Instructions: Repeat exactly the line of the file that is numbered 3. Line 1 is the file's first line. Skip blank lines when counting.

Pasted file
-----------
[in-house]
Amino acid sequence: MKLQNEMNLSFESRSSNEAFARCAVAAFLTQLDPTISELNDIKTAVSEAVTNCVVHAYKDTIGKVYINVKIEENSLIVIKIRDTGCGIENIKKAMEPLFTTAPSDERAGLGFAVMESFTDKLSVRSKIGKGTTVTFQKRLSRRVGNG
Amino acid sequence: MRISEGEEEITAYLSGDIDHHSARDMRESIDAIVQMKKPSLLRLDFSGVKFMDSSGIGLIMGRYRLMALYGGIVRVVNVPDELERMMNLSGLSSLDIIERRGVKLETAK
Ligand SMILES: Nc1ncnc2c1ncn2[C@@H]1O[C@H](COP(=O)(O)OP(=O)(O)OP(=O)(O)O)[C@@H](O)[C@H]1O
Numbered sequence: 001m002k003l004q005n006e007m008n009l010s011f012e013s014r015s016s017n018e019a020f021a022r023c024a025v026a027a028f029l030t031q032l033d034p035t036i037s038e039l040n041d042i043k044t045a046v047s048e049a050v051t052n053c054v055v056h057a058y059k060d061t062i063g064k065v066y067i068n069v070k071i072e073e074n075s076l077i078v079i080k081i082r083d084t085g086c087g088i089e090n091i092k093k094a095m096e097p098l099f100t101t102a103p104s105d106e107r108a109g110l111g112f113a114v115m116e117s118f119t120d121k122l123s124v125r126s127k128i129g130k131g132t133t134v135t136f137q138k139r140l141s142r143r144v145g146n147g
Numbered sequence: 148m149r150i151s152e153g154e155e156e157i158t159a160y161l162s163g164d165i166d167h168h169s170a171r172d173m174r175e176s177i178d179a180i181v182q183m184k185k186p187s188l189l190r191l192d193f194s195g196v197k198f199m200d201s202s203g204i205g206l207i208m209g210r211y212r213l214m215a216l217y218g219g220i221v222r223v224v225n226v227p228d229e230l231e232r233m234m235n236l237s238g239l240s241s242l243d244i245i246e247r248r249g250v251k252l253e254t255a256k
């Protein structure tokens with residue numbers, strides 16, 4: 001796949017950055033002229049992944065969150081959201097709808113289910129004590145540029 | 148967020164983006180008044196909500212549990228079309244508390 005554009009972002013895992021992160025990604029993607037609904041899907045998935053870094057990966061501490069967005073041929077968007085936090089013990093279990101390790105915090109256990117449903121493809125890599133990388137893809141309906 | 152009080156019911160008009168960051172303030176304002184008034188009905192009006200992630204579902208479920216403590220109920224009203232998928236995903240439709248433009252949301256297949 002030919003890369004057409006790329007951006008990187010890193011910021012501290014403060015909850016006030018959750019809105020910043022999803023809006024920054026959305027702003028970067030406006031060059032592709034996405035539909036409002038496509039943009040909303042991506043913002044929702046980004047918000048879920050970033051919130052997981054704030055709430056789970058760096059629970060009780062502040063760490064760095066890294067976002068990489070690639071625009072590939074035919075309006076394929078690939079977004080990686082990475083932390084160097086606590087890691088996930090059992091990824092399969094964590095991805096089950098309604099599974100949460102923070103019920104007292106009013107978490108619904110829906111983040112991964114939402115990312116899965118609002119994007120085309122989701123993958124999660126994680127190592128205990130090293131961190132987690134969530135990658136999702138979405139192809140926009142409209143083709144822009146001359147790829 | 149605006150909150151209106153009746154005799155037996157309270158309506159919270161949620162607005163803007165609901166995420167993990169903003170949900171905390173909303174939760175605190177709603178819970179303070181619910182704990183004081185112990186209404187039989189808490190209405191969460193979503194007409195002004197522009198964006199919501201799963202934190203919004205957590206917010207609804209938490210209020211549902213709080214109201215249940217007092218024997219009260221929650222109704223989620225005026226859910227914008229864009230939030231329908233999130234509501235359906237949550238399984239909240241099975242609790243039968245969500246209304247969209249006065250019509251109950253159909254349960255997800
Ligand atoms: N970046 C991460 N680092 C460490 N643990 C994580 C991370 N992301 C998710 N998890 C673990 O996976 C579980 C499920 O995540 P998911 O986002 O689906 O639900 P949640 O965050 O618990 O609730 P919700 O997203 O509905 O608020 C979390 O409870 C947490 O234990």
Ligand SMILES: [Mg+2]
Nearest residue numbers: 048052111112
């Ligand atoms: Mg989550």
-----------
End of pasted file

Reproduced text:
Amino acid sequence: MRISEGEEEITAYLSGDIDHHSARDMRESIDAIVQMKKPSLLRLDFSGVKFMDSSGIGLIMGRYRLMALYGGIVRVVNVPDELERMMNLSGLSSLDIIERRGVKLETAK